Army Secretary Pete Geren has ordered a stand-down of the Army’s entire recruiting force and a review of almost every aspect of the job is underway in the wake of a wide-ranging investigation of four suicides in the Houston Recruiting Battalion.
Poor command climate, failing personal relationships and long, stressful work days were factors in the suicides, the investigation found. The investigating officer noted a “threatening” environment in the battalion and that leaders may have tried to influence statements from witnesses.
“There were some things found that are disturbing,” said Brig. Gen. Del Turner, deputy commanding general for Accessions Command and the officer who conducted the investigation.
While he declined to discuss what action might be taken, Turner has recommended disciplinary action against battalion- and brigade-level commanders. He declined to discuss what action might be taken.
The report was not made public, with officials citing extensive personal information contained in the report.
The four recruiters who killed themselves were all combat veterans of Iraq or Afghanistan. The Army did not identify them.
The Army Inspector General’s office has been asked to conduct a command-wide assessment of Recruiting Command to determine if conditions uncovered in Houston exist elsewhere.
The one-day stand-down of all 7,000 active Army and 1,400 Army Reserve recruiters will be Feb. 13.
The soldiers will receive training on leadership, a review of the expectations of Recruiting Command’s leaders, suicide prevention and resiliency training, coping skills and recruiter wellness, Turner said.
“It’s significant,” Turner said about the stand-down. “It is not routinely scheduled. It normally occurs after some sort of major event like this.”
Turner was appointed to conduct the investigation on Oct. 14 by Lt. Gen. Benjamin Freakley, commanding general of Accessions Command. The investigation was sought by Sen. John Cornyn, R-Texas, who heard from soldiers and family members after the Houston Chronicle in 2008 reported the suicides.
“I think that when you have something like this happen that’s this serious and has such a huge impact on families and loved ones, of course people will ask what’s going on,” Freakley said.
Recruiters and soldiers who are going to be recruiters, their families and the public are going to want to know what’s happening and what’s being done, he said.
“We’re very aware of our soldiers’ concerns and we want to make it better,” Freakley said.
USAREC is a strong command with good leaders and exceptional soldiers, Freakley said.
“I do not believe for a minute that this is endemic of the entire command whatsoever, but I do believe that one [suicide] is too many, and we had four,” he said. “So let’s fix this and move forward and grow from this in a positive way. It’s hard work, but the whole Army has hard work right now.”
Turner’s investigation was completed Dec. 23, and Turner said his work revolved around the four suicides that occurred between January 2005 and September. Findings from the investigation were released Jan. 21.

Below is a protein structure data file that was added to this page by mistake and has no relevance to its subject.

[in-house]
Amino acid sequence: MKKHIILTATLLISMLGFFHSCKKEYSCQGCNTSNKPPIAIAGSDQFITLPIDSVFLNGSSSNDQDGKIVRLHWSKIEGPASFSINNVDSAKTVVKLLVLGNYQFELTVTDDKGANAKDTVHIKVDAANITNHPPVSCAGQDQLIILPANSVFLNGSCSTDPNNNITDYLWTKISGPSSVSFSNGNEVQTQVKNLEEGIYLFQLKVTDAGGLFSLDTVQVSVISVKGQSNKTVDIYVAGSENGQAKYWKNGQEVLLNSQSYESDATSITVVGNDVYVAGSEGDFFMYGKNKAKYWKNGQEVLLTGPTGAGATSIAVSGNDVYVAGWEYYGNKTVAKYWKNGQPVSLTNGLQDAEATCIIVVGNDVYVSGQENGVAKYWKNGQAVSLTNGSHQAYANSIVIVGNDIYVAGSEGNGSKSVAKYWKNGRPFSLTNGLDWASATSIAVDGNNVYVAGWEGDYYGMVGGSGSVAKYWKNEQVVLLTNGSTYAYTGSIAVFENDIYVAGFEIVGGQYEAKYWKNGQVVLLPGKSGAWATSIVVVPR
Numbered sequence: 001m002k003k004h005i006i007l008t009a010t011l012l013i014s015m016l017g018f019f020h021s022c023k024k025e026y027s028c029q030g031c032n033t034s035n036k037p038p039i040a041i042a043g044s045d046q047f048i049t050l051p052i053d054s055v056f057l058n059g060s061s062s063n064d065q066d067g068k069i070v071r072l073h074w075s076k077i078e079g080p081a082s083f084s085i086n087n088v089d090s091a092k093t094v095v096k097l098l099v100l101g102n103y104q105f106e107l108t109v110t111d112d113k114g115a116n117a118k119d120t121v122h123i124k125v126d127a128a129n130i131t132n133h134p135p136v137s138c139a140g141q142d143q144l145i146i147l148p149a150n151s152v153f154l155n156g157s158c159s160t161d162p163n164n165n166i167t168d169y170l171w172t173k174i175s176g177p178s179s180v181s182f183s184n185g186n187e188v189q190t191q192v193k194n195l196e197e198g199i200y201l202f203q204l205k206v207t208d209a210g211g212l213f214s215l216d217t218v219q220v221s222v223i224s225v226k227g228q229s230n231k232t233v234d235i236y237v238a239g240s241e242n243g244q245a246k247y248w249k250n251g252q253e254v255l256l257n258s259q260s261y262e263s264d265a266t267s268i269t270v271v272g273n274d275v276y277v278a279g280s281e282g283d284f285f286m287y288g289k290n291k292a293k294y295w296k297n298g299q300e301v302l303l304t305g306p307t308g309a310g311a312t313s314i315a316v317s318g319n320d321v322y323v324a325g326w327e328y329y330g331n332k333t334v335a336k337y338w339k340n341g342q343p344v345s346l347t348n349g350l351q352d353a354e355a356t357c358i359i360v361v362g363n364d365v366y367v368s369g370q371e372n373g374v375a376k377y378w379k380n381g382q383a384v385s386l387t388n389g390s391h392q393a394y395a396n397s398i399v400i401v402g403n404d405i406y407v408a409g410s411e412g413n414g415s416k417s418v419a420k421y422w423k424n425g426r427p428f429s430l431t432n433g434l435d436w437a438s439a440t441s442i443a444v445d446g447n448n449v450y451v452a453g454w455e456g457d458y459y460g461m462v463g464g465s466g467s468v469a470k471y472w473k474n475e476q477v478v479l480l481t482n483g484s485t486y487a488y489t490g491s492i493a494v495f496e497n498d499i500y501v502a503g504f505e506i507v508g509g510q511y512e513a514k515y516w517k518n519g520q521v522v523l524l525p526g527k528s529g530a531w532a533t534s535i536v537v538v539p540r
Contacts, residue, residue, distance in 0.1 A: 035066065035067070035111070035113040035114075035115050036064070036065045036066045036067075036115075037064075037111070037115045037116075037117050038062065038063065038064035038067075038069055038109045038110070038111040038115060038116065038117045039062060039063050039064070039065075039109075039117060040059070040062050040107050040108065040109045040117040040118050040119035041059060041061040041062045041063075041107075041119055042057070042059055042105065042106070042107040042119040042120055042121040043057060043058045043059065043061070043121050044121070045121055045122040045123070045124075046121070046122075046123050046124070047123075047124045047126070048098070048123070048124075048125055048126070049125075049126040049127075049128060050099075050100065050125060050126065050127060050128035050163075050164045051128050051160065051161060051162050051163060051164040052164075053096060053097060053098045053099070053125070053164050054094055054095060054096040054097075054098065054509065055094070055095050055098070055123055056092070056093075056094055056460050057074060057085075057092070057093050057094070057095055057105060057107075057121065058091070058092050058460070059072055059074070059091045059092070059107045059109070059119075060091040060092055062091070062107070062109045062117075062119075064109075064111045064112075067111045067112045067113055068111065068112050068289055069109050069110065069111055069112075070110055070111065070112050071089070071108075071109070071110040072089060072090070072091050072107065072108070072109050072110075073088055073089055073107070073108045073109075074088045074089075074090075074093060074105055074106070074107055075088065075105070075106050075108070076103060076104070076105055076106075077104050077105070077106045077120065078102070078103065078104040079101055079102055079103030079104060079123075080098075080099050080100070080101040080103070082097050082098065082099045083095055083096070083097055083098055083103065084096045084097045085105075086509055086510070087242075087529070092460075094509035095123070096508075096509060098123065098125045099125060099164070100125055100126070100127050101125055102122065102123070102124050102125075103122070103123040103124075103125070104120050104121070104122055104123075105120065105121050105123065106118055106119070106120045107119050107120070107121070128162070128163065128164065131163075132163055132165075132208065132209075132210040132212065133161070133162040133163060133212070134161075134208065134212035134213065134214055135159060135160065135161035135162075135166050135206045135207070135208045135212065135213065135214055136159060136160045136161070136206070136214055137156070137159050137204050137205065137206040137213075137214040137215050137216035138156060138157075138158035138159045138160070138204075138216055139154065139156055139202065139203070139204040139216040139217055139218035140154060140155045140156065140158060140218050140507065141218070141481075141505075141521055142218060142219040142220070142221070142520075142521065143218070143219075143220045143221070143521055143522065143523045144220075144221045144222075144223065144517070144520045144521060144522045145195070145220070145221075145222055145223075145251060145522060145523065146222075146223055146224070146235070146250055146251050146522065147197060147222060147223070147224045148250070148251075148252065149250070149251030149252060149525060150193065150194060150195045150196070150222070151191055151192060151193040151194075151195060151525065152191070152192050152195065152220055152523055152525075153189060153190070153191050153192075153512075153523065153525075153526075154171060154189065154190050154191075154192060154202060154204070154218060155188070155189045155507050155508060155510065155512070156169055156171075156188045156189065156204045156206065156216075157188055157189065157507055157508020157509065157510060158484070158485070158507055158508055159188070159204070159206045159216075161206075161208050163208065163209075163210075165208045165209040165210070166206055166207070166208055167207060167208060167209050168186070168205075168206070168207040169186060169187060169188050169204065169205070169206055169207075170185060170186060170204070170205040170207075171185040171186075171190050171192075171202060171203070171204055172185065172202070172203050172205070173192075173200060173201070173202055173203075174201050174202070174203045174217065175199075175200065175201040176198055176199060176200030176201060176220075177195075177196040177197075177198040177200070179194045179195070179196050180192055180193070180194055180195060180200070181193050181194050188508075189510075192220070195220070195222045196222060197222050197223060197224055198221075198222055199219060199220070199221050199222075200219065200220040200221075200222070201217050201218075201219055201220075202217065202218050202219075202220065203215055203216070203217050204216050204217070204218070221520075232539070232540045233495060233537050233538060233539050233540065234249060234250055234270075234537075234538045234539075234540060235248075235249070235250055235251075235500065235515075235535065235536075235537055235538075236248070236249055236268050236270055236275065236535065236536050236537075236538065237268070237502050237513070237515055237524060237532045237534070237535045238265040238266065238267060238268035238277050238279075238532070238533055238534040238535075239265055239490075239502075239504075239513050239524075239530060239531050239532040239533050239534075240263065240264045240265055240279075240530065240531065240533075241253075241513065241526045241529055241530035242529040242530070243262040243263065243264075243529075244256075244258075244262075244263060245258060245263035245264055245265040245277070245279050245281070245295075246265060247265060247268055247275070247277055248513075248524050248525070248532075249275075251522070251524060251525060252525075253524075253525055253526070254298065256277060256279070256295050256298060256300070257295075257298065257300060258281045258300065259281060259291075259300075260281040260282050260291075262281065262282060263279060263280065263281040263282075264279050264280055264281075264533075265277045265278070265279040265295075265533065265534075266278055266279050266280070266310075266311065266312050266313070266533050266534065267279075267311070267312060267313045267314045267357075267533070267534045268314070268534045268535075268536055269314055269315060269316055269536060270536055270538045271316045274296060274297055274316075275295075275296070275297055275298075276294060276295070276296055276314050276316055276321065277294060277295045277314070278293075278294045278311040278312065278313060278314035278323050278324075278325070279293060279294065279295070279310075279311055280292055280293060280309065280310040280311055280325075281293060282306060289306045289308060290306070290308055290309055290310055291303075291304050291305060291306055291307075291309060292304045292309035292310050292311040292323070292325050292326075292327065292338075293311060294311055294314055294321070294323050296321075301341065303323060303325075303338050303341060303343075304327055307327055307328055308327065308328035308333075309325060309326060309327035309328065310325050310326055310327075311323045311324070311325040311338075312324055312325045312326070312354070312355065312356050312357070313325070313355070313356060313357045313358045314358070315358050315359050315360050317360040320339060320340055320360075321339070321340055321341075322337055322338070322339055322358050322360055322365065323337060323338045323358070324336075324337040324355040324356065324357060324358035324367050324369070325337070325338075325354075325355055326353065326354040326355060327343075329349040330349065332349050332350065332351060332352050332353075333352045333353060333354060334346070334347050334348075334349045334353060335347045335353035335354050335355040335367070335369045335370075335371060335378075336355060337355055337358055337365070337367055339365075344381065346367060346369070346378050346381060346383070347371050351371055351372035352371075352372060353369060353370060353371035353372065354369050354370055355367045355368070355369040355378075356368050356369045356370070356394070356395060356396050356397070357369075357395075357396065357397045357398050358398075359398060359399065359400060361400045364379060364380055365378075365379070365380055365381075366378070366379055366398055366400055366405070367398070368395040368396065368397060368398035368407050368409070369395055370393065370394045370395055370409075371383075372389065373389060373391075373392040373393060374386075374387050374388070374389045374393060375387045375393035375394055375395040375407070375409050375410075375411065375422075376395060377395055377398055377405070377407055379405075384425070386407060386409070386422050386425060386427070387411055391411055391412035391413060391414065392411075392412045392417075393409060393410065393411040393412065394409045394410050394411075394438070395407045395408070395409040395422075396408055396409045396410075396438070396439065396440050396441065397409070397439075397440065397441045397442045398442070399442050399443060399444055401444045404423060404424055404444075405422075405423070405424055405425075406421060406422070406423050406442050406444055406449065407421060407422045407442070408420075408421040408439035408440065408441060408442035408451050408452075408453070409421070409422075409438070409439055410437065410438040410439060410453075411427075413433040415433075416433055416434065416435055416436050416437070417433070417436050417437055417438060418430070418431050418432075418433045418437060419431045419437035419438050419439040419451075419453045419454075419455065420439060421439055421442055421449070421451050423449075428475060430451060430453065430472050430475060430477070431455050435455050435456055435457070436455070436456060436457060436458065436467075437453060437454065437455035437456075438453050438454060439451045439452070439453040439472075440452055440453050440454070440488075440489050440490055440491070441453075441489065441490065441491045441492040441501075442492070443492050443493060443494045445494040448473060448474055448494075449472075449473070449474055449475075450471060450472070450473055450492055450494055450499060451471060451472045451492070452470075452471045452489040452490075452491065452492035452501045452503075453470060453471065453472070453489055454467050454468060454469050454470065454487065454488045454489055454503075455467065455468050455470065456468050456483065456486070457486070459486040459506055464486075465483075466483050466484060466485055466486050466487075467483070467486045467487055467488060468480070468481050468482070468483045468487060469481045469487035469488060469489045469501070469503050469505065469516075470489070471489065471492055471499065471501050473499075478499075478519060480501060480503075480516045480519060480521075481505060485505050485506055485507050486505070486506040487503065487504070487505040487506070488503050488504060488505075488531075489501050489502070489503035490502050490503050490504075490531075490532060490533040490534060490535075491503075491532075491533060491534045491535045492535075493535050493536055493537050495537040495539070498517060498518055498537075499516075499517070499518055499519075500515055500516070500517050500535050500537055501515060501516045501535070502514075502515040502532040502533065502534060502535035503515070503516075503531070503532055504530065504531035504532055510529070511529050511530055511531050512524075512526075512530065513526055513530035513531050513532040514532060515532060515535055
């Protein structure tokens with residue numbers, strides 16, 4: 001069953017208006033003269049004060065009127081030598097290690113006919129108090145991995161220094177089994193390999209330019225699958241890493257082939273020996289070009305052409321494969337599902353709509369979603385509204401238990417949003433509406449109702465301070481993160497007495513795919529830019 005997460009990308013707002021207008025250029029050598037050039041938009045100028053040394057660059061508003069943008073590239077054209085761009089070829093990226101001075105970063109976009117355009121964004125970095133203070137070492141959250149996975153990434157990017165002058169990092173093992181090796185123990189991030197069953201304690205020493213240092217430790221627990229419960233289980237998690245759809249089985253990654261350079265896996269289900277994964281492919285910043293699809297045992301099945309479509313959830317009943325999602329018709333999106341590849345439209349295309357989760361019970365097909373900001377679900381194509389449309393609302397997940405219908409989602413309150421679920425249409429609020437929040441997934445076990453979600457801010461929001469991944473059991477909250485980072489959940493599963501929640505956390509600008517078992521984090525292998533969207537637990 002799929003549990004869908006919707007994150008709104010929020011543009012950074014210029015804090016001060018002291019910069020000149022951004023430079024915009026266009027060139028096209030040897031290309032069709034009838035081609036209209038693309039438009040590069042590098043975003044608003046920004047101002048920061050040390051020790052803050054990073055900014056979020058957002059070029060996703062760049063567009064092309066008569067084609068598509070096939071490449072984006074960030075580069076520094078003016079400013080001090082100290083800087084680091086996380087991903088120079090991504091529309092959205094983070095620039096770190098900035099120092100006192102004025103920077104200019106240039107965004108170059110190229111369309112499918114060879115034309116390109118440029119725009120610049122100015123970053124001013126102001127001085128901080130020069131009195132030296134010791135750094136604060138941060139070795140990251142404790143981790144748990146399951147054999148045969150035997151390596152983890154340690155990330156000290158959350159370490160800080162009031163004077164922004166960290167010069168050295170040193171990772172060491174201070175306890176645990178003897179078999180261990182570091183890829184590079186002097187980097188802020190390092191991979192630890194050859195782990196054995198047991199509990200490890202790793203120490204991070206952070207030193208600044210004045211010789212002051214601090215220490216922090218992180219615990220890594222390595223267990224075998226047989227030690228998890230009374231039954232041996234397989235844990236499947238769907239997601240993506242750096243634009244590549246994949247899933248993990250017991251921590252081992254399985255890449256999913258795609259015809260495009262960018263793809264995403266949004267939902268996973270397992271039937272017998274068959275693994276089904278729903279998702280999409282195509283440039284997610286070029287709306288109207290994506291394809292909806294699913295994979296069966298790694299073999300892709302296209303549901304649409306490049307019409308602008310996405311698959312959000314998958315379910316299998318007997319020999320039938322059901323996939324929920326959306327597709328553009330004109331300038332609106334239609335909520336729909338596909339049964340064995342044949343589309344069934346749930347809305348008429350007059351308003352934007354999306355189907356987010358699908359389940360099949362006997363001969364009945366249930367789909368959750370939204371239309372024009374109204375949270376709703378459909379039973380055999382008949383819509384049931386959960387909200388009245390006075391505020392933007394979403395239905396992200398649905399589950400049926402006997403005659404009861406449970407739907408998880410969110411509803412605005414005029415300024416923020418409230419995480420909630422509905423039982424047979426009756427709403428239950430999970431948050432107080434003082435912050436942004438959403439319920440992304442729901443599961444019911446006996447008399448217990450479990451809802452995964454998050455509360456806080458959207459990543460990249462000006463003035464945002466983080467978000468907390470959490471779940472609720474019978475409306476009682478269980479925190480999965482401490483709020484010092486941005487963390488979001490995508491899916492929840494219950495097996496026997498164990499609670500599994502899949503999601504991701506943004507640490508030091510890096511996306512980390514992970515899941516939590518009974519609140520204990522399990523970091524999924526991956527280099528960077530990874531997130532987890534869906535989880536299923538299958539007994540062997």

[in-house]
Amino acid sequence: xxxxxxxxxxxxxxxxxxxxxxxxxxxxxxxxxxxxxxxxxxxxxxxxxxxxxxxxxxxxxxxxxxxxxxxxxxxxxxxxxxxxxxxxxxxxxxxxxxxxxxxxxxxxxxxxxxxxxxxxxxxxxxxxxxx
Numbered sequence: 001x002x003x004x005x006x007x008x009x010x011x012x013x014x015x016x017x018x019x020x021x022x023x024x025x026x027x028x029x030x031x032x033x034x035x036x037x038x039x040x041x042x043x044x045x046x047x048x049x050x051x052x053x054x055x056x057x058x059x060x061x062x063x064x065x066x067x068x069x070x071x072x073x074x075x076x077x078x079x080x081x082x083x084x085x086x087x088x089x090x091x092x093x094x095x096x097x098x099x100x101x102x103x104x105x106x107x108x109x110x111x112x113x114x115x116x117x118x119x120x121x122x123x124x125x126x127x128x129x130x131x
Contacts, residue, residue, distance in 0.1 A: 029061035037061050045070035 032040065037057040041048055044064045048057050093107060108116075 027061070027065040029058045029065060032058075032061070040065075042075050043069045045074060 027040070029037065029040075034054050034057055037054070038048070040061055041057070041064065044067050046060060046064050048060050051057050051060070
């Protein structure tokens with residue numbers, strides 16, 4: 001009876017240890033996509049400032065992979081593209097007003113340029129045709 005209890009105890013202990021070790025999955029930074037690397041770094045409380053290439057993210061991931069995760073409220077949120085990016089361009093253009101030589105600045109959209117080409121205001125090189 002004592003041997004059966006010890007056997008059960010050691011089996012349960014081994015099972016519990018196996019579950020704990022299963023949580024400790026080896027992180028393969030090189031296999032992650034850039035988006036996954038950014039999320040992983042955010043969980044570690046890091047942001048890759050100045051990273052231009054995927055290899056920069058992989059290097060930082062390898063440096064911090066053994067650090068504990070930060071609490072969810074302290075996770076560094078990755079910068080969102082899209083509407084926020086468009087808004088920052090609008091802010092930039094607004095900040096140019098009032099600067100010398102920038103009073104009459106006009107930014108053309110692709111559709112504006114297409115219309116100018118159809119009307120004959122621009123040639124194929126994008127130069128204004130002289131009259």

“It’s a very tough and very tragic thing,” he said. “But I’m focused on what good can come out of this and that’s where our focus is right now.”
There were 17 suicides within Recruiting Command between fiscal years 2001 and 2008, said Col. Michael Negard, a Training and Doctrine Command spokesman.
There were more than 500 suicides by active-duty soldiers across the Army from Jan. 1, 2003, through Aug. 31, according to data from the Army G-1. Another 31 cases were pending final determination, as of Aug. 31.
The Army’s suicide rate increased from 12.4 for every 100,000 soldiers in 2003 to 18.1 in 2007, an all-time high for the service. Nationwide, the suicide rate for every 100,000 people was 19.5 in 2005, according to the Centers for Disease Control and Prevention.
Gen. Pete Chiarelli, vice chief of staff of the Army, voiced his concern in a Jan. 23 interview with Army Times.
“We need to move out as quickly as we can to do those things that are going to lower the numbers,” Chiarelli said. “That’s the best we can do. We can’t eliminate suicide.”
“I believe there are certain things leaders can do in the short run to reverse the trend and I’m going to talk about those next week,” Chiarelli said.
Turner said he examined the four soldiers’ personal lives, from their financial and medical histories to their performance at work. He also studied organizational factors such as command climate, leadership within the battalion, brigade and Recruiting Command. He looked at screening soldiers for recruiting duty, the impact of assigning soldiers directly to that duty after they return from combat tours, the adequacy of the Army’s suicide prevention training, and soldiers’ access to mental health care.
Here is what Turner said he found:
• There was poor command climate in the recruiting battalion, one of 38 in the Army.
Morale was low among the unit’s 200-plus recruiters, who routinely worked 12- to 14-hour days. They had unpredictable work schedules, frequently working on weekends. There was a “threatening type of environment” established by certain leaders throughout the battalion’s chain of command.
Monthly missions assigned by USAREC were bumped up, violating Army regulations and adding stress. For example, in July 2008, the battalion’s 205 recruiters each had to recruit two new soldiers a month, even though the battalion’s mission was 360 contracts, which is roughly the equivalent of 1.5 or 1.6 new contracts each.